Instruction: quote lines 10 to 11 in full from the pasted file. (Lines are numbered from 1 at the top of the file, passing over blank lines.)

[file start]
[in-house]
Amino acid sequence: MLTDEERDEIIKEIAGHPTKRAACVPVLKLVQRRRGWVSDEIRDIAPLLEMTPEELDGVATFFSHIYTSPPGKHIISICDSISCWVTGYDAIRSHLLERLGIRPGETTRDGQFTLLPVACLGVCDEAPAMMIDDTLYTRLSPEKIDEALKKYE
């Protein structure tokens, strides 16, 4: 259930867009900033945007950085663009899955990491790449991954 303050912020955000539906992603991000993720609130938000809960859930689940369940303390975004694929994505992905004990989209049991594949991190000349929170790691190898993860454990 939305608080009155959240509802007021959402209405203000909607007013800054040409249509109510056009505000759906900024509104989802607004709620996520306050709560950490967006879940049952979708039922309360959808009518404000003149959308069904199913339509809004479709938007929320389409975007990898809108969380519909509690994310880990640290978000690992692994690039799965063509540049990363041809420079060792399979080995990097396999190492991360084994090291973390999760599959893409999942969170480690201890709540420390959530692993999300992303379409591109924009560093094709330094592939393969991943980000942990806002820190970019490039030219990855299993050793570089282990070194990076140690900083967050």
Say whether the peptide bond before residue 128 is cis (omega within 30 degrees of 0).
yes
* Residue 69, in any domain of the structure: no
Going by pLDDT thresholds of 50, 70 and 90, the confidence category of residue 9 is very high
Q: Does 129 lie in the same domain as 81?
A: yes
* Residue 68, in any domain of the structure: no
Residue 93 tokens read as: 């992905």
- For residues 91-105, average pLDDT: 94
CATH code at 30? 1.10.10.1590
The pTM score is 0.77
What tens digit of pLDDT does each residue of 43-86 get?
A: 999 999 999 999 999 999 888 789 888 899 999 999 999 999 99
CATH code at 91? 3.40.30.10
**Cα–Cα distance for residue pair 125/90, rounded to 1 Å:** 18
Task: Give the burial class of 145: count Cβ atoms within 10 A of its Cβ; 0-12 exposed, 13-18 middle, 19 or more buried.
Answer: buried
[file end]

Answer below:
* Residue 68, in any domain of the structure: no
Residue 93 tokens read as: 């992905």